devices, like electronic pen etc.)
The other aspect is concerned with the human element (e.g. how people
reason, solve problems and interact with computers).
HCI Scope
HCI Scope
• Use & Context: Find application
areas for computers
• Human: Study psychological &
physiological aspects e.g., study
how a user learns to use a new
product, study human typing speed
• Computer: Hardware & software
offered e.g., input & output
devices, speed, interaction styles,
computer graphics
• Development: Design,
implementation & evaluation
HCI Goals
• At physical level, HCI concerns the
selection of the most appropriate input
devices and output devices for a
particular interface or task
• Determine the best style of interaction,
such as direct manipulation, natural
language (speech, written input), WIMP
(windows, icons, menus, pointers), etc.
• Develop or improve
• Safety
• Utility
• Effectiveness
• Efficiency
• Usability
• Appeal
• of systems that include computers
HCI Goals
Safety: protecting the user from dangerous conditions and undesirable
Users: Nuclear energy plant or bomb-disposal – operators should interact
with computer-based systems remotely Medical equipment in intensive
care unit (ICU)
• Data
• Prevent user from making serious errors by reducing risk of wrong
keys/buttons being mistakenly activated Provide user with means of
recovering errors.
• Ensure privacy (protect personal information such as habits and
address) & security (protect sensitive information such as passwords,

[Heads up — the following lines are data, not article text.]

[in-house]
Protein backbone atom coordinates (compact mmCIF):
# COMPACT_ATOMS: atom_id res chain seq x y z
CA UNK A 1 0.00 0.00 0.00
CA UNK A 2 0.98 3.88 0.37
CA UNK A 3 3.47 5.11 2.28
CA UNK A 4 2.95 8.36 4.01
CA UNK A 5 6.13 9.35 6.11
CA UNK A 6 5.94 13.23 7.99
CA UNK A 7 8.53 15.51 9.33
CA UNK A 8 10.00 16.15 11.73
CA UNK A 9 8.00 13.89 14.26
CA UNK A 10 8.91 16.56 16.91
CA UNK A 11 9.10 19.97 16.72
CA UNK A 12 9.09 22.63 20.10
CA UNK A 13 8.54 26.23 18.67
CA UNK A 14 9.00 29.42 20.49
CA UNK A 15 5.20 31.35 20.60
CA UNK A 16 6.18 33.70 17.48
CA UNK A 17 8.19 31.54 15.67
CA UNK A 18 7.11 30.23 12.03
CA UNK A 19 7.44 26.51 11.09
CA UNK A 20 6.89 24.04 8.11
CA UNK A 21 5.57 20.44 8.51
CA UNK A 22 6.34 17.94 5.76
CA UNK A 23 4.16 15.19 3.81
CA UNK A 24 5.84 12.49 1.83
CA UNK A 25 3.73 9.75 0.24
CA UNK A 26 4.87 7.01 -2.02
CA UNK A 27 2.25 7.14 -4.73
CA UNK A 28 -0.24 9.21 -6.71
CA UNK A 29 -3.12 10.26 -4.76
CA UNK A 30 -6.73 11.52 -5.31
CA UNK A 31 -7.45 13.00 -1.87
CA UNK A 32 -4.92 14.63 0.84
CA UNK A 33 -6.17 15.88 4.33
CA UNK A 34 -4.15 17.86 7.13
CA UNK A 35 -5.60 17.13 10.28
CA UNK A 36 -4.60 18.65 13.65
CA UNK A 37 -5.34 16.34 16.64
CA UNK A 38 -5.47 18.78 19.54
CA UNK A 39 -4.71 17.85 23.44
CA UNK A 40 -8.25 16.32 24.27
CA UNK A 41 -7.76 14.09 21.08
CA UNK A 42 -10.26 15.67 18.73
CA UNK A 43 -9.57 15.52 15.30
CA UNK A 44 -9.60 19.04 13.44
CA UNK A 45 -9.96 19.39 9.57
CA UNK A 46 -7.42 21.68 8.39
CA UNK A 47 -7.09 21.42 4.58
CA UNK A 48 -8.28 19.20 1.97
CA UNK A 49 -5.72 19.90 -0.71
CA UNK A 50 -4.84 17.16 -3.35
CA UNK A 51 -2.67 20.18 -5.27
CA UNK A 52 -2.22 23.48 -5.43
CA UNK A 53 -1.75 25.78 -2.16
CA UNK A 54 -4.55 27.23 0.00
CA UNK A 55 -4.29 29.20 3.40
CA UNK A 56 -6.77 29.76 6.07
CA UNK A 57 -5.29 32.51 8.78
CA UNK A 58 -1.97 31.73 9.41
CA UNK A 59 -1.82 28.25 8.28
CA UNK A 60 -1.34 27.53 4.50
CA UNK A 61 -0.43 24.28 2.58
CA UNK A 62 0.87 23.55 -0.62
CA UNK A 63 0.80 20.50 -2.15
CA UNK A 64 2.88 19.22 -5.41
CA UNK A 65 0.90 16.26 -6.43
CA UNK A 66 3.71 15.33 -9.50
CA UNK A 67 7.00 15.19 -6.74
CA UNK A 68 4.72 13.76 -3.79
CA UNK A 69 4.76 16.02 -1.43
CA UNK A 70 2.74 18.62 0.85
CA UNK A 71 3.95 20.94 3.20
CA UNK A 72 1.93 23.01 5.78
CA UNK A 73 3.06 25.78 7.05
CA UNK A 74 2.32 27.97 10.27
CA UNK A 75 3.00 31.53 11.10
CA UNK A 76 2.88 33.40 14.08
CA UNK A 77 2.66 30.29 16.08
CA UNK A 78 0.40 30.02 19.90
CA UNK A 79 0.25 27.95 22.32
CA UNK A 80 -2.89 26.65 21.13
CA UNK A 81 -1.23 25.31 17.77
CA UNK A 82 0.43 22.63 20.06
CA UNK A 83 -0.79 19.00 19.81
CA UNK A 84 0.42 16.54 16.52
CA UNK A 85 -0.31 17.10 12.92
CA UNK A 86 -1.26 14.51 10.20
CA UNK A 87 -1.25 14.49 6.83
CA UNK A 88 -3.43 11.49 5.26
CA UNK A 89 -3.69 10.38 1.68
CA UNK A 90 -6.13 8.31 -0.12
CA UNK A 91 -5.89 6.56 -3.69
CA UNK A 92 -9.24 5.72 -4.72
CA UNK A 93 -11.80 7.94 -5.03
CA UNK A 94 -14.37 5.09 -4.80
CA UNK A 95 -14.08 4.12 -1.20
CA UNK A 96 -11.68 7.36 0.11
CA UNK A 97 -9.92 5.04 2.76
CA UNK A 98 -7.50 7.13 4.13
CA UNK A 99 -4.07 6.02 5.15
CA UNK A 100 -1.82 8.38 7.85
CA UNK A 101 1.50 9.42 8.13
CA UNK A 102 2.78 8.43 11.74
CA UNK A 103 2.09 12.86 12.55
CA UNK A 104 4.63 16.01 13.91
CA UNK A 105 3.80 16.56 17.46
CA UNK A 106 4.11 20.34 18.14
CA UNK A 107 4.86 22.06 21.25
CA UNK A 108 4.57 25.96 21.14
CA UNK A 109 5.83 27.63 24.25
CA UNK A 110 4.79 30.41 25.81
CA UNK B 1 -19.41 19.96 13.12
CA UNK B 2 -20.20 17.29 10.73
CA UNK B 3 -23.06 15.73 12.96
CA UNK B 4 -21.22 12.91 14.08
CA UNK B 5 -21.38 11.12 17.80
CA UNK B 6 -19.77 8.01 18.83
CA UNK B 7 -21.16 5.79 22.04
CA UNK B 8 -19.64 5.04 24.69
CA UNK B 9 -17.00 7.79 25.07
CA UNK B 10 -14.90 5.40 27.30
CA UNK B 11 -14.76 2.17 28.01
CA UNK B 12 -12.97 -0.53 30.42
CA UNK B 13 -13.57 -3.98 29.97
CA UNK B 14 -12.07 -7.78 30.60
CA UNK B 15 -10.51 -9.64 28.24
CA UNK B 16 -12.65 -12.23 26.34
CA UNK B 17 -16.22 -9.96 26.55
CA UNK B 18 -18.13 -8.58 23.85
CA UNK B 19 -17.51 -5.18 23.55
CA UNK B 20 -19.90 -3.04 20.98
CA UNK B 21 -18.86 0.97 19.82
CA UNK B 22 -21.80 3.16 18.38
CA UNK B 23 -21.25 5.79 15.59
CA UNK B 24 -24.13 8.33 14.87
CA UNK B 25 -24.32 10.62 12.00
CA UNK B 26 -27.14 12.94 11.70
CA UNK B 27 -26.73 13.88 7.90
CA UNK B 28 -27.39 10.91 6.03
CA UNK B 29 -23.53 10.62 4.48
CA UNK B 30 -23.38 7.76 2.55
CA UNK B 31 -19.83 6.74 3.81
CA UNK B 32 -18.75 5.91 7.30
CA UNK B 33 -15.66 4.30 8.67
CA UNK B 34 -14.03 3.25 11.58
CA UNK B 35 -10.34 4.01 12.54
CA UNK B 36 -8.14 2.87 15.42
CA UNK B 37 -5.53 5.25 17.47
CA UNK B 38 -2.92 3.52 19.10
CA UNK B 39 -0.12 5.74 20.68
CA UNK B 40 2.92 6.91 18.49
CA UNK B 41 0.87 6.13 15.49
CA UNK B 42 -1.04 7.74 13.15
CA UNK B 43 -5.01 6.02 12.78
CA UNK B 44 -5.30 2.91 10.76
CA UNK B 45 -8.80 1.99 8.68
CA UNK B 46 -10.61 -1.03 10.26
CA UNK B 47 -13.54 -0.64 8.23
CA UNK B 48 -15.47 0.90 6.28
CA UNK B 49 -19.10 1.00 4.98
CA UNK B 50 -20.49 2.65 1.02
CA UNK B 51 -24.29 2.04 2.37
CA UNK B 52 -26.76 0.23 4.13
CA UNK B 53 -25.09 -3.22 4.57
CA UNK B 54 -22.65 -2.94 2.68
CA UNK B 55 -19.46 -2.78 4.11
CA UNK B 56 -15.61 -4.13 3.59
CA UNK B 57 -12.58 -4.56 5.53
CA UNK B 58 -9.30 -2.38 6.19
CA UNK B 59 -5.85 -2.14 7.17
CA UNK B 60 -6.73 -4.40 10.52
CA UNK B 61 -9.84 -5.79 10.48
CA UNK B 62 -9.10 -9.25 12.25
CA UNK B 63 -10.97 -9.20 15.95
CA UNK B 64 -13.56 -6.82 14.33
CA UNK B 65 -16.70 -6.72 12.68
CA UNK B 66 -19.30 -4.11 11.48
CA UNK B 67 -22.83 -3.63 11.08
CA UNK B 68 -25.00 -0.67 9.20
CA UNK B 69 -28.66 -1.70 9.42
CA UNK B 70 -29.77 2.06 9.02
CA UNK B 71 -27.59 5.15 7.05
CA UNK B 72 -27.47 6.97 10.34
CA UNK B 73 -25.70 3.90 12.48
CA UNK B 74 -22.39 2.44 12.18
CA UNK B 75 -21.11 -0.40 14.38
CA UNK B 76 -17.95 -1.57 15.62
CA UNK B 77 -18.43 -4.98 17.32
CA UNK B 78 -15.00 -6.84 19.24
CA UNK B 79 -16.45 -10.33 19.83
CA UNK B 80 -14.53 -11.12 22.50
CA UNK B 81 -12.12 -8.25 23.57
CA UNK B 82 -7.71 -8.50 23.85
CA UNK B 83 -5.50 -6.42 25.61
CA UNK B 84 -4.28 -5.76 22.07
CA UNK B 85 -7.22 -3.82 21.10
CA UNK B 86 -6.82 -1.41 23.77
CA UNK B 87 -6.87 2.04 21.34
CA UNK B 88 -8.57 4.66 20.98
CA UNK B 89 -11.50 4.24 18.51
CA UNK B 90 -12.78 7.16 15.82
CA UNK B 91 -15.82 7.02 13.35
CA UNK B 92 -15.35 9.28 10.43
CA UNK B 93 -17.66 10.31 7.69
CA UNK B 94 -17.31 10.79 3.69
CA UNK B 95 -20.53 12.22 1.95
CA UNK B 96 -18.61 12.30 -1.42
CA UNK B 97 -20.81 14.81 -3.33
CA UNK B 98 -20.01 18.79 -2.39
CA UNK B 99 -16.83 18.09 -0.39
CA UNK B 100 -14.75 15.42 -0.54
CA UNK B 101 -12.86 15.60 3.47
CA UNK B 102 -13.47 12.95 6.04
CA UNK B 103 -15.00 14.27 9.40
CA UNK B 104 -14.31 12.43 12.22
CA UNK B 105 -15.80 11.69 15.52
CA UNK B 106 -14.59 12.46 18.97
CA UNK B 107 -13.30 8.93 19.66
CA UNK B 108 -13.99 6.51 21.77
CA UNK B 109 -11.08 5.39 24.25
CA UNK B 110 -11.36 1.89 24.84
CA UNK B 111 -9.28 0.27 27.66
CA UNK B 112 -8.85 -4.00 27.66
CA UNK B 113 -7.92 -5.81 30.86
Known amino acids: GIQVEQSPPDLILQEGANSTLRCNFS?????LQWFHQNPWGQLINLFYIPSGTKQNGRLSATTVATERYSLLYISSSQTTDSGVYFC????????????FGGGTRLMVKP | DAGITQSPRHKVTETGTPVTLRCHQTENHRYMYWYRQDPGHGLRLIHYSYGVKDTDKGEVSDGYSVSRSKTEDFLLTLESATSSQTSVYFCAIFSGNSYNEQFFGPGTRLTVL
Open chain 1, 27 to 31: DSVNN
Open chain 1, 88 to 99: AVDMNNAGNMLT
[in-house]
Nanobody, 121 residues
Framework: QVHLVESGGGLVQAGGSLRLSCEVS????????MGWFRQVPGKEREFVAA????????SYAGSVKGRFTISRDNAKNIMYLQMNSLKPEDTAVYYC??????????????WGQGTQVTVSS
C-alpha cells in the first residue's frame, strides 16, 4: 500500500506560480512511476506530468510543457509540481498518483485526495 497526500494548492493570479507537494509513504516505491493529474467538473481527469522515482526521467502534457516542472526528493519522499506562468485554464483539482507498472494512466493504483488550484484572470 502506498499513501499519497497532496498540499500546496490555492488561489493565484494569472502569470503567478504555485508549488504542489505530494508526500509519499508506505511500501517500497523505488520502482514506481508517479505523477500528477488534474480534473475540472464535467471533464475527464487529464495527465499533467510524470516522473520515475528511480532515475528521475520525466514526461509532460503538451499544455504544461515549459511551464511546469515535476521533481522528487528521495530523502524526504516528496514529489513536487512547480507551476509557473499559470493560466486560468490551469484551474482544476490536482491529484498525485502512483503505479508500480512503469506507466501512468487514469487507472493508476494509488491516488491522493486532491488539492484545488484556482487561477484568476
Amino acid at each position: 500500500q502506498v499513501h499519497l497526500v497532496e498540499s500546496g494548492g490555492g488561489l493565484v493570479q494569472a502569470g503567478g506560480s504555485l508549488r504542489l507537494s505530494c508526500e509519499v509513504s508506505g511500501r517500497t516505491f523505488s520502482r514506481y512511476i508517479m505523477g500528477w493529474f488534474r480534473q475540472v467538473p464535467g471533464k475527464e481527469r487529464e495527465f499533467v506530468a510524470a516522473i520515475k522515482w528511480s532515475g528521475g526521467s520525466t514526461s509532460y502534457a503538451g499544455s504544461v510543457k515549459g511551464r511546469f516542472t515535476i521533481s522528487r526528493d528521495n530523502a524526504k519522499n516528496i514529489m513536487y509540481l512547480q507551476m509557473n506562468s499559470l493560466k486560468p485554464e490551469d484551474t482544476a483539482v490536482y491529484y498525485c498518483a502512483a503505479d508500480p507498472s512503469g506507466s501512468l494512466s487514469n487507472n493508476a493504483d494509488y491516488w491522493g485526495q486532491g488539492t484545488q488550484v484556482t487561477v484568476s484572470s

VISA card numbers)
Utility: extent of providing the right
kind of functionality so that users can
do what they need or want to do
High utility
• Scientific calculator provides
many mathematical operations,
built-in formulae, and is
Low utility
• Software drawing tool does not
allow free-hand drawing but
supports polygon shape drawing
Effectiveness: concern a user’s ability
to accomplish a desired goal or to
carry out work
• Find a master thesis in our library
HCI Goals
Any difference between utility and effectiveness?
HCI Goals
Consider the scenario: a shopping Web
provides all the information, instruction
and server-side support required to
perform an on-line purchase. However, the
users cannot figure out how to find the
items they want to buy.
Efficiency: a measure of how quickly
users can accomplish their goals or
finish their work using the system
• Find a book “human computer
interaction” in our library Web
• How about a master thesis whose
author’s last name is “Cheng”?
• How about the newest book in the
subject of “human computer
HCI Goals
• Usability: ease of learning and
ease of use
• Can I use the basic functions
of a new digital camera
without reading the manual?
• Does the software facilitate us
to learn new functions easily?
• Appeal: how well the user likes
the system
• First impression
• Long-term satisfaction
HCI Goals
Use Microsoft WORD as an example:
HCI Benefits
Gaining market share
• People intend to buy/use products with
higher usability
• e.g., Google’s search engine has the
largest market share because it is easy to
use with higher efficiency
Improving productivity
• Employees in a company perform their
jobs in a faster manner e.g., Workers in a
mainland company needed to press a
lengthy sequence of buttons in
performing a task. An IAS student helped
to increase their productivity via writing a